Two-Male-Scientists-Working-In-Lab

Algae Systems Testing Algae Bio-Fuel Production

This system can apply a variety of algae types to production, adding value by treating wastewater, and producing a drop-in fuel solution using hydrothermal liquefaction to produce fuels that do not need to be blended.

Algae Systems LLC, of Daphne, Ala. and IHI Corp. of Tokyo, Japan, announced on August 19 that they have completed demonstration of a new biofuel production approach.

The process is based on the conversion of algae and wastewater to energy and clean water. A demonstration plant, located in Daphne Ala., combines wastewater with algae to produce energy-generating wastewater treatment process, using carbon-negative technologies. This process will yield both bio-fuel and drinking water.

While algae is a component in a number of worldwide experimental production strategies, this approach will differ, according to the companies, by using a system that can apply a variety of algae types to production, adding value by treating wastewater, and producing a drop-in fuel solution using hydrothermal liquefaction to produce fuels that do not need to be blended.

The Daphne approach takes local strains of algae to increase production rates and optimize wastewater treatment opportunities. Most companies in the sector, as well as another IHI subsidiary, IHI NeoG (Kawasaki, Representative Tomohiro Fujita) use proprietary strains of algae that have high lipid outputs and need special attention. At Daphne, the approach is focused on a systems approach. Floating membrane photobioreactors accept wastewater from a local community municipal wastewater utility, drawing nutrients from the wastewater to promote algae growth. The algae consume nutrients in the wastewater, reducing the cost of treating wastewater. In this approach, municipal wastewater becomes an asset to produce energy, rather than a commodity to be expensively processed. Photosynthesis— a gift from the Sun— acts to create the chemical reactions that can power our future.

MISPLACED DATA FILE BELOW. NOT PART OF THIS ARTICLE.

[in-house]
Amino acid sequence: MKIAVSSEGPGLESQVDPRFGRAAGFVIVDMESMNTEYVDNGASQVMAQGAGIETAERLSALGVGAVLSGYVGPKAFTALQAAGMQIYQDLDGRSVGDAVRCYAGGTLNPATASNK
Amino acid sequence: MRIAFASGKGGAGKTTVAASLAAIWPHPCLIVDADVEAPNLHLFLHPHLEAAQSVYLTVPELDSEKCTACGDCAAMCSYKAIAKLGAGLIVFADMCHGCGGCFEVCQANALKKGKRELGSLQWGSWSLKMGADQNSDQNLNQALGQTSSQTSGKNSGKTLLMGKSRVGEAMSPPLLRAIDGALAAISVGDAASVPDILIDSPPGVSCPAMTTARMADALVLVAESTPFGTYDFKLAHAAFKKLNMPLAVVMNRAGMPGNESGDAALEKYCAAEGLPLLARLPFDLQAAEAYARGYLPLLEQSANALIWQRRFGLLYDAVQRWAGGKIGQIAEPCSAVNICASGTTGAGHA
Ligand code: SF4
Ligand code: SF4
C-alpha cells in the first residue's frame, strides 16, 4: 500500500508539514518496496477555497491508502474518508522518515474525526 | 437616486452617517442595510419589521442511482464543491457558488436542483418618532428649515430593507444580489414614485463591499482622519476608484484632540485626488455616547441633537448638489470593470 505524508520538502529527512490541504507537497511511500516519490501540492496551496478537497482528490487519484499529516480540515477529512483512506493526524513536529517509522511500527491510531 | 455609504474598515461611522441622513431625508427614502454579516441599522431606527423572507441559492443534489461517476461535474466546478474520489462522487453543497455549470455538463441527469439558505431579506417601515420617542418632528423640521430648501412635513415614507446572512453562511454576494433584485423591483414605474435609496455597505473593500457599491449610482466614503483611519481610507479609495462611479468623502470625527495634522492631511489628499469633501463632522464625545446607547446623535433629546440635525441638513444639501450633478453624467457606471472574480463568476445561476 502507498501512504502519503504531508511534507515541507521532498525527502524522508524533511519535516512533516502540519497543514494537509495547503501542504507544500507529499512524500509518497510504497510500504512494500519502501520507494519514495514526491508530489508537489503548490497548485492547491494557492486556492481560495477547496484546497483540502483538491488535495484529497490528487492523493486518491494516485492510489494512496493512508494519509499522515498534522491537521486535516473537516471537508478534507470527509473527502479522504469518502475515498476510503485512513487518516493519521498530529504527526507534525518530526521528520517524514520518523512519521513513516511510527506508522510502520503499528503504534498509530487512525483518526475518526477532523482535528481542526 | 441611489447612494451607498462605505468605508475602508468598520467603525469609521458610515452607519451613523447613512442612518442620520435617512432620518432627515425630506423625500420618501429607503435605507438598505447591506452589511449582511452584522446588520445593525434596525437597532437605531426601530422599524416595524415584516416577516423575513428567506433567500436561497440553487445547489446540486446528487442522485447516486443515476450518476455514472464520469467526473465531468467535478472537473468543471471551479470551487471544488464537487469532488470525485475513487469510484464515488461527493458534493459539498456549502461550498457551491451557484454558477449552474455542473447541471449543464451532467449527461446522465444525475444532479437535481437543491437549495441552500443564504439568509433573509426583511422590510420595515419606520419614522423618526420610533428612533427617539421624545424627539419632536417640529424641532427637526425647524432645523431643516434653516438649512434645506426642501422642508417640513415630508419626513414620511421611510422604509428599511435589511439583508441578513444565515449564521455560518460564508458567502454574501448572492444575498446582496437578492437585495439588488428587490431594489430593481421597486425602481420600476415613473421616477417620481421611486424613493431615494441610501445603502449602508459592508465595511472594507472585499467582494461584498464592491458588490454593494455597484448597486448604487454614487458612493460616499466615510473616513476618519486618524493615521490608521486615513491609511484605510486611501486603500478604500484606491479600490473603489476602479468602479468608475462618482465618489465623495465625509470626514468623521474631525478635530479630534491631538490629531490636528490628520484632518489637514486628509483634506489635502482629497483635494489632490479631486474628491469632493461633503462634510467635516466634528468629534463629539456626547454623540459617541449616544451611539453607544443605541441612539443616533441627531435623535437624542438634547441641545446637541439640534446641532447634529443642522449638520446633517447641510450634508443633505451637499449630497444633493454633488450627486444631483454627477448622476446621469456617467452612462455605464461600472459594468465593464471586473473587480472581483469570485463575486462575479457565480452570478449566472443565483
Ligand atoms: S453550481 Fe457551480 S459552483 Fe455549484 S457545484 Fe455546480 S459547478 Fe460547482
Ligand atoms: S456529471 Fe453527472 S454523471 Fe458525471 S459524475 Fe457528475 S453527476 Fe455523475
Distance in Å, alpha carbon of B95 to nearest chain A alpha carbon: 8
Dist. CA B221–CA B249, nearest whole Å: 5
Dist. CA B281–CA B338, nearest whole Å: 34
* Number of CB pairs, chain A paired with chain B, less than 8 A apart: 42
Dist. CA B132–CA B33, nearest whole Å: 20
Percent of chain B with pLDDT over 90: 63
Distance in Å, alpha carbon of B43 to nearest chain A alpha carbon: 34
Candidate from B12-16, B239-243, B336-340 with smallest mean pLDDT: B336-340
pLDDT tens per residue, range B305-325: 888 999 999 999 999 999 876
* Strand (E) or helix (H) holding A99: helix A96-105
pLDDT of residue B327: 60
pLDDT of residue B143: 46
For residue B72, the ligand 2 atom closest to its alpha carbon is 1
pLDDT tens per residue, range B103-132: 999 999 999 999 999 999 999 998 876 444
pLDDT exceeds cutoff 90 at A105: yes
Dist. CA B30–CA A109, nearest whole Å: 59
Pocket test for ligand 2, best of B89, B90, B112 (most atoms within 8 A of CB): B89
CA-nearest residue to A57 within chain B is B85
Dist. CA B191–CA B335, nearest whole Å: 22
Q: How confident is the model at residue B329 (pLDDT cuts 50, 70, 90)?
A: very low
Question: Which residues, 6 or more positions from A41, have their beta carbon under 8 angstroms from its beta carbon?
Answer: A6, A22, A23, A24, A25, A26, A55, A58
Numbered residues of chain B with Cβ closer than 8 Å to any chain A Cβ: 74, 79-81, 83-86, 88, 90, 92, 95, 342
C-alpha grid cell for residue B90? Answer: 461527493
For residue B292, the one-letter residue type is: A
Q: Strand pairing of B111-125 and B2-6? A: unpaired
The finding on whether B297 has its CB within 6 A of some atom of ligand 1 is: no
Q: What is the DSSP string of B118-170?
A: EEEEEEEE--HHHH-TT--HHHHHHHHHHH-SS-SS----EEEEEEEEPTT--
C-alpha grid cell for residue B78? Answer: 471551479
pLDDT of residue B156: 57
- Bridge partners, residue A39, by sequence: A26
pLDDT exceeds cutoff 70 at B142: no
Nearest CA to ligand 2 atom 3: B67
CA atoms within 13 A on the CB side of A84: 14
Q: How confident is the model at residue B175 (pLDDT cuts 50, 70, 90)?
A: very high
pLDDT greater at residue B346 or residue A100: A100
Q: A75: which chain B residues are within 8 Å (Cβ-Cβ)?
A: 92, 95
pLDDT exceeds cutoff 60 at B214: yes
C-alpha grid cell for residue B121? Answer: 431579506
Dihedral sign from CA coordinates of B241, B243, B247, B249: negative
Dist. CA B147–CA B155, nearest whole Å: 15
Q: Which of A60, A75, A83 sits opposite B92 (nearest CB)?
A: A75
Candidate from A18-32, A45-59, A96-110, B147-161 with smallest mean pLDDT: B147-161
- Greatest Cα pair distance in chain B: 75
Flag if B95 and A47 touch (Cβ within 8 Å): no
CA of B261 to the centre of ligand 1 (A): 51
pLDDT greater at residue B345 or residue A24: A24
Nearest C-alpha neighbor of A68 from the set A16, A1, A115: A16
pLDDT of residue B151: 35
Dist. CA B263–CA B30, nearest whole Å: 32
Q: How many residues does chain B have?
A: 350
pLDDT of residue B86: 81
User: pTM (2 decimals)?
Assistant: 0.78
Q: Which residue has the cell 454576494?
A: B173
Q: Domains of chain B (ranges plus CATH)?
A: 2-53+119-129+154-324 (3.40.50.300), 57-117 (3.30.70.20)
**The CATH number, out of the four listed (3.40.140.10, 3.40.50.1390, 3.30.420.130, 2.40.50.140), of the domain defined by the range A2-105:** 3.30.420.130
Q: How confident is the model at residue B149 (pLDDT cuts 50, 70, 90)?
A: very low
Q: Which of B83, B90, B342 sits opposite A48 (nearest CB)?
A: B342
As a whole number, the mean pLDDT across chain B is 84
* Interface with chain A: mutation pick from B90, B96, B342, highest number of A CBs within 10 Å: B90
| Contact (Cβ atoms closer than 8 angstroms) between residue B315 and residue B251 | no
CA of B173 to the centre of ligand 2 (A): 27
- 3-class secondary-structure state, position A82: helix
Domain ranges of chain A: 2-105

Use of Offshore Photobioreactors Help Lower Amount of Land Use Needed

The use of offshore photobioreactors means that a valuable land footprint would not be required to deploy the system commercially, and the motion of waves and wind provides ideal temperature and mixing controls as well as a reduction of operating costs. From an environmental perspective, ecological dead zones can also be eliminated.

This demonstration plant is just one of a few algae plants throughout the world and will be the first of its kind to create a carbon negative fuel by treating wastewater. Another feature of the demonstration facility is significant advancements made in the production of fuels from biomass.

Algae Systems has demonstrated a new proprietary technology for the conversion of wet algae and other biomass feedstocks into bio-crude oil, and has successfully demonstrated upgrading the bio-crude oil into diesel, jet and gasoline.

The US Department of Energy recently announced that a research consortium coordinated by Algae Systems and led by SRI International will receive $3.2M in grant funding in 2014 to advance this hydrothermal liquefaction process.

 

Hide comments

Comments

  • Allowed HTML tags: <em> <strong> <blockquote> <br> <p>

Plain text

  • No HTML tags allowed.
  • Web page addresses and e-mail addresses turn into links automatically.
  • Lines and paragraphs break automatically.
Publish